The city of White Salmon has been asked to oppose a tribal trust land application related to a proposed casino in Hood River.
The Confederated Tribes of the Warm Springs have applied to place approximately 150 acres of recently-purchased Hood River land into tribal trust status. The property, adjacent to an existing 40-acre parcel of tribal trust land, was purchased to provide room for services associated with a casino.
The casino itself is proposed to be built on the 40-acre site.
Trust lands have sovereign status, meaning the tribes are not under the jurisdiction of city, county, or National Scenic Area planning rules.
On Sept. 5, attorney Kenneth Woodrich, a representative of the Hood River-based "No Casino" organization, came to the White Salmon City Council meeting to ask the city to take a stand against the land transfer, but not necessarily against the casino itself.
"The concern we have is limited to the proposal to move 150 or so acres from fee status to trust status," Woodrich explained, adding that objecting to the trust land application does not hinder the tribe's ability to build a casino on its existing trust land.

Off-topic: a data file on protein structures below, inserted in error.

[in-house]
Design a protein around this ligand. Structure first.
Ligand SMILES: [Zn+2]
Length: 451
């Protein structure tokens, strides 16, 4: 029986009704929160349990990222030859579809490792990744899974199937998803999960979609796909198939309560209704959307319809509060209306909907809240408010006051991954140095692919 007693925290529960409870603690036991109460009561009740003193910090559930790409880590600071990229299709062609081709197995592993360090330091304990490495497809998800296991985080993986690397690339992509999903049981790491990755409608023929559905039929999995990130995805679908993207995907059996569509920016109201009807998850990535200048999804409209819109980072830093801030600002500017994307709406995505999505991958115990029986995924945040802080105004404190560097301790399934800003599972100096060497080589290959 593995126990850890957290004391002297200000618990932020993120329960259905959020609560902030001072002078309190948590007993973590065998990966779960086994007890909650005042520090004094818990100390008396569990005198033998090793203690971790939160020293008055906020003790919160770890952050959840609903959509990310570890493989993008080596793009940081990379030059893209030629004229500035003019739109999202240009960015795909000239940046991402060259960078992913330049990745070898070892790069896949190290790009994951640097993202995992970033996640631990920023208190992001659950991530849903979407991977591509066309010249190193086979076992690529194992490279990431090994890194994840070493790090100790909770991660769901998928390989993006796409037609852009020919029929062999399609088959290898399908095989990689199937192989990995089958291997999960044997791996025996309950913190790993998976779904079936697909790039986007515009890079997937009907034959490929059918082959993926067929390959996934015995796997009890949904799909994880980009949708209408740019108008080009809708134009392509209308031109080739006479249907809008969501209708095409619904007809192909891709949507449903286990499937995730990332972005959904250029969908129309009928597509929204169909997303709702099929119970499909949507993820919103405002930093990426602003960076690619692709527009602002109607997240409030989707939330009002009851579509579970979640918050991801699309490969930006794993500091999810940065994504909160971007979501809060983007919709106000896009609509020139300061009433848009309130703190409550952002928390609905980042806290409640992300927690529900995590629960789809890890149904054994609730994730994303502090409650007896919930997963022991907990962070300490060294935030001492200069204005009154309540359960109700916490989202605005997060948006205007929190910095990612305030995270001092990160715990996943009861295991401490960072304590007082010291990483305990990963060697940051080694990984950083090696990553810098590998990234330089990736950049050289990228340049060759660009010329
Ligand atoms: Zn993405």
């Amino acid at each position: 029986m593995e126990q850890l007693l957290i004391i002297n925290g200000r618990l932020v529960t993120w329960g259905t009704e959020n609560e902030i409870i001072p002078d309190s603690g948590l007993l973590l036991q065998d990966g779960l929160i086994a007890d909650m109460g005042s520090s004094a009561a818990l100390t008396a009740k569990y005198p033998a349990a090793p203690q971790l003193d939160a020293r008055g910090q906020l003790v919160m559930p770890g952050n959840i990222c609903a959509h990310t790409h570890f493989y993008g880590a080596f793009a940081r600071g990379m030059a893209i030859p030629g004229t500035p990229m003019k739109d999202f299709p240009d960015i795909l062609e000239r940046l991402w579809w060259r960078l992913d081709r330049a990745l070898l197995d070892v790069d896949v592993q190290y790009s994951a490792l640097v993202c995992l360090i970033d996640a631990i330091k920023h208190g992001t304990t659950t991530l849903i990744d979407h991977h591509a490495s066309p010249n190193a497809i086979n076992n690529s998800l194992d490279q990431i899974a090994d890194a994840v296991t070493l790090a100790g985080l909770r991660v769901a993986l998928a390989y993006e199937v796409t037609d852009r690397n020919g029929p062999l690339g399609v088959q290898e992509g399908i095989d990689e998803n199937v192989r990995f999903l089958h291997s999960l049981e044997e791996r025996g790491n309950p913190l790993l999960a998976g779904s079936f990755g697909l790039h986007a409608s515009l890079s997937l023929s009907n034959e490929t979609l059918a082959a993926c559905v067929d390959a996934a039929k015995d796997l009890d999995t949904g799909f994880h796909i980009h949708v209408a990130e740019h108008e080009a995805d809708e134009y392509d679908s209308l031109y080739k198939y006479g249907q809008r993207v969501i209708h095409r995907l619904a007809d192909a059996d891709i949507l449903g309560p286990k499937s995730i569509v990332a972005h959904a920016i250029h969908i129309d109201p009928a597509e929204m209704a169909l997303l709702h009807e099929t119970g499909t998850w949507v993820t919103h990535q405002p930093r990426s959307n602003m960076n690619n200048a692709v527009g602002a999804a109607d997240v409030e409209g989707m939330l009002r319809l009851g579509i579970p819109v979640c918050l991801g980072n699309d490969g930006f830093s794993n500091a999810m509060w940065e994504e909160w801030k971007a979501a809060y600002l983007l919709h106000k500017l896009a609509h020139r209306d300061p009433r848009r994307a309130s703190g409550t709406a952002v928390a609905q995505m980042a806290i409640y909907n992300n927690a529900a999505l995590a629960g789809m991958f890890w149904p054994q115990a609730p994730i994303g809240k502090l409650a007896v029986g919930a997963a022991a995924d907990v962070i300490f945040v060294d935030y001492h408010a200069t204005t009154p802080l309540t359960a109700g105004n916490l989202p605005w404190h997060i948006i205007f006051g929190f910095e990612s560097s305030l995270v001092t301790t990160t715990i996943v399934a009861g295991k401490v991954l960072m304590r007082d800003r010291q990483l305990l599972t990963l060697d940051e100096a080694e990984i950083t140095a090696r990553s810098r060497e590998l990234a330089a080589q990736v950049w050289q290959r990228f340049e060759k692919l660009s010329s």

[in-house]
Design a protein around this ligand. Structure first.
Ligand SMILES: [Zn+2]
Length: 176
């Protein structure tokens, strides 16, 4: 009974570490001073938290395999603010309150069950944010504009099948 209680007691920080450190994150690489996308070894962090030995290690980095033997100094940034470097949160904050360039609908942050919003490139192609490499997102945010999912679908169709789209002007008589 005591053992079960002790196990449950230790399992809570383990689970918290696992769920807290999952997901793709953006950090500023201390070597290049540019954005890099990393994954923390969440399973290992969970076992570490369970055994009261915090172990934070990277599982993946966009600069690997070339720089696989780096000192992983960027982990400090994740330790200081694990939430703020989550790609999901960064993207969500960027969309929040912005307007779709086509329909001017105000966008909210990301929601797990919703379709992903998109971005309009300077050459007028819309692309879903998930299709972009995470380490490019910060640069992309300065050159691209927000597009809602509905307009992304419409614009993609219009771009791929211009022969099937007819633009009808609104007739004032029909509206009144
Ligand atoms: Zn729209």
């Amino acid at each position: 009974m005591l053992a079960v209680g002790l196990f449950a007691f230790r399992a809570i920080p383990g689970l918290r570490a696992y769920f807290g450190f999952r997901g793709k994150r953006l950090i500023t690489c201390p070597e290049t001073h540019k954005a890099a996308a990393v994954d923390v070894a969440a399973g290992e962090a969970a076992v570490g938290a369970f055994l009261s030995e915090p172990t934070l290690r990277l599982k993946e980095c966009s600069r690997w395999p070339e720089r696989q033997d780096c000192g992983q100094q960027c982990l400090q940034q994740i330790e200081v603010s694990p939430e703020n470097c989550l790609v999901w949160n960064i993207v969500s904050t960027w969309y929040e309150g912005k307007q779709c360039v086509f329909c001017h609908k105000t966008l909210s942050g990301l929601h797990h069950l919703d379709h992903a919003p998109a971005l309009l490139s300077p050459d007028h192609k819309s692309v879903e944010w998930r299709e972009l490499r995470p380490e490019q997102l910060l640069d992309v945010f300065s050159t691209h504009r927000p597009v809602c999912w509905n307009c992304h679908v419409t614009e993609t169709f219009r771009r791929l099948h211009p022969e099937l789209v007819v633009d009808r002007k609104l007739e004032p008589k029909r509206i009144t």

"The tribe's idea is to use the property for parking and buildings for shopping, gas stations, and other incidental uses for a casino," Woodrich explained.
The property in question is on the bluffs directly south from downtown White Salmon.
"If in fact the tribe is successful in converting that land to trust property, the usual regulations that apply would then simply not apply," Woodrich said. "The concern is, if trust status is allowed, there are no safeguards. You have a beautiful view at night of Hood River city lights on this side. Those lights are focused, because it's black on the bluff. Put developments there, and there are going to be lights and glare. Light pollution is one of the issues."
Mayor Roger Holen noted, however, that a casino could provide economic benefits to the area.
"Some people might look over there and see dollar signs instead of light pollution," Holen said.
Woodrich pointed out there is strong opposition to a casino in the Hood River area, but he stressed that the complex would have an equal or greater visual impact on the Washington side of the river.
"The city, as policy maker, has to consider the impacts on this city and its constituents. It will impact the quality of life of your constitutes. In our view, this development would have a real negative impact," Woodrich said.
Holen said he agreed it would not be good to allow the tribe to have another 150 acres of land that could not be regulated by Hood River County officials or others outside the tribe.
"Turning it to trust land would have that affect, and neither the state or the county would have any jurisdiction," Holen explained.
The White Salmon City Council plans to make its decision at the next council meeting, on Sept. 19.